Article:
On a Saturday morning at the Jewish Museum on Manhattan's Upper East Side, diners are sitting down to brunch at Russ & Daughters, the year-old restaurant from the New York appetizing legend. Cutting boards of Gaspé Nova sliced thin enough to see through, baskets of bagels and platters of pickles are streaming out to busy tables.
A mile south at The Met Breuer, visitors to Flora Bar, the restaurant tucked beneath the museum's modernist lobby, are nibbling on elegantly stacked purple endive leaves dressed with citrus, prepared by Ignacio Mattos, one of Downtown's most celebrated chefs.
Photo: Courtesy of Russ & Daughters at the Jewish Museum
It's a far cry from what museum dining used to be: namely, reheated pizza and mediocre club sandwiches in cafés that felt more like places to rest one's legs than to refuel (with a few notable exceptions, like The Modern at New York's Museum of Modern Art and Mitsitam Cafe at Washington, D.C.'s National Museum of the American Indian). These days, however, you're more likely to find award-winning restaurants in place of the old cafés—restaurants that at times act as extensions of exhibitions and in other moments function as works of art worth visiting in their own right.
"We identify ourselves as an exhibition piece," Jerome Grant, the executive chef at the National Museum of African American History & Culture in Washington, D.C., says. He's referring to Sweet Home Café, a cafeteria that feeds close to 2,800 diners a day and was recently named a James Beard Award semifinalist for Best New Restaurant.
With the help of noted culinary historian Jessica Harris, Grant and his team have divided African American migration and culinary traditions into four regions. The Agricultural South station serves buttermilk fried chicken and black pepper cornmeal waffles, while the nearby Northern States section offers oyster pan roast, a rendition of a dish made by Thomas Downing, the son of freed slaves who became a restaurateur in New York in the early 1800s.
But the space is about more than telling stories of the African American experience through food. It is also a place for visitors to digest the exhibitions they've walked through. "There are so many heavy issues at the museum," Carla Hall, who is a culinary ambassador for the project, explained when it opened. "In any household, the kitchen is the nucleus. I’m hoping people will go through the museum and want to go to the kitchen as a family."
In New Orleans, the line between kitchen and exhibit blurs at the Southern Food & Beverage Museum, where Louisiana chef Isaac Toups opened Toups South, an upscale but casual—"foie gras in your flip-flops," as he describes it—Southern restaurant five months ago. "You can get a really good drink and cracklings, and drink in the museum. Abso-fucking-lutely," the chef says.
Making good use of the museum's collection, Toups slow-cooks whole goats and foie gras in barbecue master Aaron Franklin's first smoker, which is part of the permanent collection. And, echoing an exhibition called La Galerie d'Absinthe, Toups serves Gulf shrimp deglazed with Pernod as a special (see the recipe).
No chef has borrowed as much from the museum, however, as Benu's Corey Lee has at In Situ, an elegant, light-flooded restaurant that opened in San Francisco's Museum of Modern Art last summer. Here, Lee recreates dishes from some of the world's greatest chefs in painstaking detail. Think Alice Waters's lemon ice cream and sherbet, René Redzepi's wood sorrel with sheep's-milk yogurt and Roy Choi's Korean-style braised short ribs.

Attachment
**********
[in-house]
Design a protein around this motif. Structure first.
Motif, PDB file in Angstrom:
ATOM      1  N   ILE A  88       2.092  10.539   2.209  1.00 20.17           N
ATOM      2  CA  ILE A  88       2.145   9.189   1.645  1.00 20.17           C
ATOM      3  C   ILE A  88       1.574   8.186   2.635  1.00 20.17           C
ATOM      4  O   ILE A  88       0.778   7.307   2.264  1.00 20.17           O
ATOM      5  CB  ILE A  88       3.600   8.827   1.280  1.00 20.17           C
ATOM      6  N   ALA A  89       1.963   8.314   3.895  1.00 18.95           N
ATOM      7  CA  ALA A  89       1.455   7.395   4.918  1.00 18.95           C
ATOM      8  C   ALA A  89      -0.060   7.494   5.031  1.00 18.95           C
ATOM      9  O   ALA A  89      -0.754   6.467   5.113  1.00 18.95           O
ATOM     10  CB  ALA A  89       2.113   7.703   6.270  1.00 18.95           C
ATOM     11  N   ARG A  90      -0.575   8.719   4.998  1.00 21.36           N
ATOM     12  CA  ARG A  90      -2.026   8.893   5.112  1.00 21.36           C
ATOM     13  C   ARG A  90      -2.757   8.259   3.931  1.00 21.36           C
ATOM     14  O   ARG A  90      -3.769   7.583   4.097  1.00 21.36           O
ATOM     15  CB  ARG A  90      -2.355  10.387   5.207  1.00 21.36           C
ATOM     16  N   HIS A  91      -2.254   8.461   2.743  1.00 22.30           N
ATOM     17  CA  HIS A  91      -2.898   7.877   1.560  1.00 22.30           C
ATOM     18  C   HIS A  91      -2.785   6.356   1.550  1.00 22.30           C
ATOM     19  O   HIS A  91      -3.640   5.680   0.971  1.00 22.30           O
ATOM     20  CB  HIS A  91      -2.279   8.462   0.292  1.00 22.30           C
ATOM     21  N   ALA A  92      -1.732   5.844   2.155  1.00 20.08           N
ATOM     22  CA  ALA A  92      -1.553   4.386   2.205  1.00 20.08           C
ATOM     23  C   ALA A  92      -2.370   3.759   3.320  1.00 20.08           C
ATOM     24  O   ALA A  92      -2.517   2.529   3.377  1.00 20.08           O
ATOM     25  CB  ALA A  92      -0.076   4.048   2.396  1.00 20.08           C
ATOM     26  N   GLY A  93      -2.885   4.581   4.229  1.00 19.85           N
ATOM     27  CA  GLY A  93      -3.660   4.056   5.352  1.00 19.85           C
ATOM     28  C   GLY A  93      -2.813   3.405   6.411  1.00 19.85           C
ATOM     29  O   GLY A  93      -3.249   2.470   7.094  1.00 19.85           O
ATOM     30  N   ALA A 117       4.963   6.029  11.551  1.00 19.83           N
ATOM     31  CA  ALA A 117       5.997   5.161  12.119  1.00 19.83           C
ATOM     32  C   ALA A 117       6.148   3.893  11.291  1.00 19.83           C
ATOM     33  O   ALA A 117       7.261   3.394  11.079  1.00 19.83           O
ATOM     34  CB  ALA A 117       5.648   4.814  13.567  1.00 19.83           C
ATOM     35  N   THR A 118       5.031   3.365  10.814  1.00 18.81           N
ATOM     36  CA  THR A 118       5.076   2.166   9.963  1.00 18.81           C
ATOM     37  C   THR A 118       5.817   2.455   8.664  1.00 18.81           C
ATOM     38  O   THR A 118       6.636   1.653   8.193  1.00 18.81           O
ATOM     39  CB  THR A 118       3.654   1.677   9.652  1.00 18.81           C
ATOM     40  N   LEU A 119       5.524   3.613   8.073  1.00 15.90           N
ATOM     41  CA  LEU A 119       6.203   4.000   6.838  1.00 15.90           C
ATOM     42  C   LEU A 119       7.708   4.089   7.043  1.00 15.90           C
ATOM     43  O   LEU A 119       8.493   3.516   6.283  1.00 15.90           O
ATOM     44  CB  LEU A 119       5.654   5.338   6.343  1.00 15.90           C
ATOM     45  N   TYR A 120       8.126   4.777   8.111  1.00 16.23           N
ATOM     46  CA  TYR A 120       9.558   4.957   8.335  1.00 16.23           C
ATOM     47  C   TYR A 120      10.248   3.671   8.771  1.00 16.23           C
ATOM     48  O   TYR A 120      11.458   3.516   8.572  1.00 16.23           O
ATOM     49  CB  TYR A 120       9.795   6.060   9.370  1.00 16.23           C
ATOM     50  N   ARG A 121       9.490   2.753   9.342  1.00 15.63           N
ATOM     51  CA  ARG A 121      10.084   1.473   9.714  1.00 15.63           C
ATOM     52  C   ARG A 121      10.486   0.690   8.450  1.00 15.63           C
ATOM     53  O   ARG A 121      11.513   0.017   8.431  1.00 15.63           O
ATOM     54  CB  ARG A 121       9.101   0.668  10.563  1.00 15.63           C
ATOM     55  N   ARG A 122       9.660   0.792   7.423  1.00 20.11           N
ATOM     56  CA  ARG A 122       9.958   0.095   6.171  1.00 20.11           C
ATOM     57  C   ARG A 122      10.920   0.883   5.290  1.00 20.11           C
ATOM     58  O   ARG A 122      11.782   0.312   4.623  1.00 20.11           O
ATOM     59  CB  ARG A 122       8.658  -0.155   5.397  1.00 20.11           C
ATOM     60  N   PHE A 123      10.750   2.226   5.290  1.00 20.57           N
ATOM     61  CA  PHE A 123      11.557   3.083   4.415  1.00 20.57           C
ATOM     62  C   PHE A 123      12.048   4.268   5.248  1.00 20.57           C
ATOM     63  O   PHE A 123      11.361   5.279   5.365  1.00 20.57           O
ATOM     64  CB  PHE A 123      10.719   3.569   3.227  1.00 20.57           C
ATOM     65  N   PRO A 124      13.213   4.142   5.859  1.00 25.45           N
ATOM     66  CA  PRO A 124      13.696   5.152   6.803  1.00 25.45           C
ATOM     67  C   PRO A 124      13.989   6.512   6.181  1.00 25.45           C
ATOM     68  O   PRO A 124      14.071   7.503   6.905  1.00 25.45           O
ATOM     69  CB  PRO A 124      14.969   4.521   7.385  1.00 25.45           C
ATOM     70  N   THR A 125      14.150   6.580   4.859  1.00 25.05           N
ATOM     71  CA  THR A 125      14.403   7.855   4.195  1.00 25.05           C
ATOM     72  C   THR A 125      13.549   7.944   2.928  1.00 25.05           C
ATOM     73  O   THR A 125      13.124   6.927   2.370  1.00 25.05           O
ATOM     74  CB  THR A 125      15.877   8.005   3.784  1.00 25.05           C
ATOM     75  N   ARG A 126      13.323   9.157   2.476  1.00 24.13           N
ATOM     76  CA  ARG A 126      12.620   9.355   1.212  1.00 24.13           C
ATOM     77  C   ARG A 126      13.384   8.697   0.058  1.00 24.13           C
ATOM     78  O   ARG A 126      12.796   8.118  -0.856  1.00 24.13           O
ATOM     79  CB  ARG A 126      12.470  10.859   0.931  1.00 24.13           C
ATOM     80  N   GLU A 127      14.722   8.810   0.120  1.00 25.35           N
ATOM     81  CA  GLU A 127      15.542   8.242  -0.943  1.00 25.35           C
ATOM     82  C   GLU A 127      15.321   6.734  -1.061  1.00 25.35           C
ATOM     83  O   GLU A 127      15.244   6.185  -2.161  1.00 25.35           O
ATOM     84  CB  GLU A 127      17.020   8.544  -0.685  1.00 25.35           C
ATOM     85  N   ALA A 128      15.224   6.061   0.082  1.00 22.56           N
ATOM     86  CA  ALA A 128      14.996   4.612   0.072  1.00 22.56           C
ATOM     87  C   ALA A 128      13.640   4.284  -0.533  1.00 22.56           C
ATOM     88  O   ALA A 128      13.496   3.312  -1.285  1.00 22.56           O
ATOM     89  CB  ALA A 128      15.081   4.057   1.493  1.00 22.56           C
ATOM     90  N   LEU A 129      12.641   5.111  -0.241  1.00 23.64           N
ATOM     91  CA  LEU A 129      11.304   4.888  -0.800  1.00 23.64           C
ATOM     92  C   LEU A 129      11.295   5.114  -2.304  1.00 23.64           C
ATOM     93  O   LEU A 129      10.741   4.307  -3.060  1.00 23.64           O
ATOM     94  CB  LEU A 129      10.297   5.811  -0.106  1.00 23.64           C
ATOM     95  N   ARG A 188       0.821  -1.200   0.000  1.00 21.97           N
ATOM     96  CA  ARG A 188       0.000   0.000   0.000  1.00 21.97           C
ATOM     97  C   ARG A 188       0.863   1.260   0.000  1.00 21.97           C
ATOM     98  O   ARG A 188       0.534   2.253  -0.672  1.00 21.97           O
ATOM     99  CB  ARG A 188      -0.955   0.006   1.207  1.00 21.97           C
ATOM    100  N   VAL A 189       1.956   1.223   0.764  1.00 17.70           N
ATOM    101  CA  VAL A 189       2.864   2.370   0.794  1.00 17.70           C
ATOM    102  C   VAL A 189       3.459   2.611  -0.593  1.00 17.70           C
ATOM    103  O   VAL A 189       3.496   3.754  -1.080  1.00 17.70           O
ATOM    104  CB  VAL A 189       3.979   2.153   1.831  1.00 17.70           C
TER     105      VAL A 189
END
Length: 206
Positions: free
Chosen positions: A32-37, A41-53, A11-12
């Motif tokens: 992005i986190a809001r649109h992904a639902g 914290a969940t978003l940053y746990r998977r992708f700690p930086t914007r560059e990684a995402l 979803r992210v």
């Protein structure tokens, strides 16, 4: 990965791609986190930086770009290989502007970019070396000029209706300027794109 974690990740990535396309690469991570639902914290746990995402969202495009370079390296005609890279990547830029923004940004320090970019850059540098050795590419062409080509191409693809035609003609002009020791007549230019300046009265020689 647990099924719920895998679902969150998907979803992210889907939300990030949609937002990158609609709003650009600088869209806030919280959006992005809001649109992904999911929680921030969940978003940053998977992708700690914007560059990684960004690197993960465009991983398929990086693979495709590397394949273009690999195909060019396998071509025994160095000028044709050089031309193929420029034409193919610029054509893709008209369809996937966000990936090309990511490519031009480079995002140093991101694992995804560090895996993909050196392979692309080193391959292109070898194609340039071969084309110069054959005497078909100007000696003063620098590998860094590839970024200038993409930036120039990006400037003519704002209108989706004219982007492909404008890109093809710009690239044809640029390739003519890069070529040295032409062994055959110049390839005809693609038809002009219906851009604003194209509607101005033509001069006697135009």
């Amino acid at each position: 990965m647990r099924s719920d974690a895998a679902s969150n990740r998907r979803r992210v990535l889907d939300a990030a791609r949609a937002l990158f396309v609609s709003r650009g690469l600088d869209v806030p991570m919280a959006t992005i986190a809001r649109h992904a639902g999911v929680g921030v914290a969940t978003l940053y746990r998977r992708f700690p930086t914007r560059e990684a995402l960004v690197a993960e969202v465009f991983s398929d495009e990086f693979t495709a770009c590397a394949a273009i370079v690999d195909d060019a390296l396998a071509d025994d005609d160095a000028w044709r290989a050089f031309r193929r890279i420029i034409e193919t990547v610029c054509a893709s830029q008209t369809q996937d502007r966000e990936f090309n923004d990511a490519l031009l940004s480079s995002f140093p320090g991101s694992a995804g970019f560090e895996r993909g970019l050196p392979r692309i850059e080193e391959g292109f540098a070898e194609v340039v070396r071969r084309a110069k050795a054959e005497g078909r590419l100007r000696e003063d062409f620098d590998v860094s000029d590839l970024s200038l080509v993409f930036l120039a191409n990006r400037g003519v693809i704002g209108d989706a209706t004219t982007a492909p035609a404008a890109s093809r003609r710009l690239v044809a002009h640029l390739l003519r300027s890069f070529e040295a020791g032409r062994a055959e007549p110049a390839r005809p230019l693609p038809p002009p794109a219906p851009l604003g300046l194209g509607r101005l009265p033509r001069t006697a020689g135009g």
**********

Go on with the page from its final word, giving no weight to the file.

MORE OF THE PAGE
Lee discusses the dishes just like a curator would. He won't take any license with the nearly 100 recipes he's collected without consulting the chefs first. And you won't find an original dish from him on the menu either. "I don't think a curator would put their work in [an exhibition]," he says.
The restaurant and its name, the Latin term for a piece of art displayed in its original space, explores what happens when you take a piece of art or a dish out of its intended context. Recontextualizing requires constant vigilance, Lee finds. "Often if we change one thing, it triggers another change," he says. It's a "cohesive menu . . . in a cerebral sense."
The response from diners? A mixed bag. "Many of them are coming with no information about what the restaurant is," he says. "Sometimes that brings potential for impact; other times, it's challenging because it's not what they were looking for."
Flora Bar's co-owner, Thomas Carter, welcomes the challenge. "You have 50 percent from the neighborhood and then 50 percent coming in from the exhibitions. That demographic changes exhibition to exhibition," he says. "That's one of the most exciting aspects of that space."
Photo: Philip Greenberg
It's all part of a broader shift in museums, Janet Alberti, deputy director at SFMOMA, explains. What used to be "temples for contemplation" are now "centers for cultural activity. I think restaurants are adapting to making museums more vibrant places."
At the Jewish Museum, Russ & Daughters sees neighbors shopping for house-made blintzes and loaves of babka, as well as sitting down for a post-exhibition meal. As co-owner Niki Russ Federman puts it, "It's reshaping how people see the museum."
What's more, these restaurants are furthering the debate about whether food should be considered a work of art in its own right. Though both Lee and Alberti stop short of equating the two, they acknowledge the parallels.
"The medium for chefs is food, and there is an artistic practice to their culinary technique," Alberti says. Either way, Lee sums it up well when he says this new breed of restaurant works particularly well in a modern art museum, where "your notions of art are often challenged."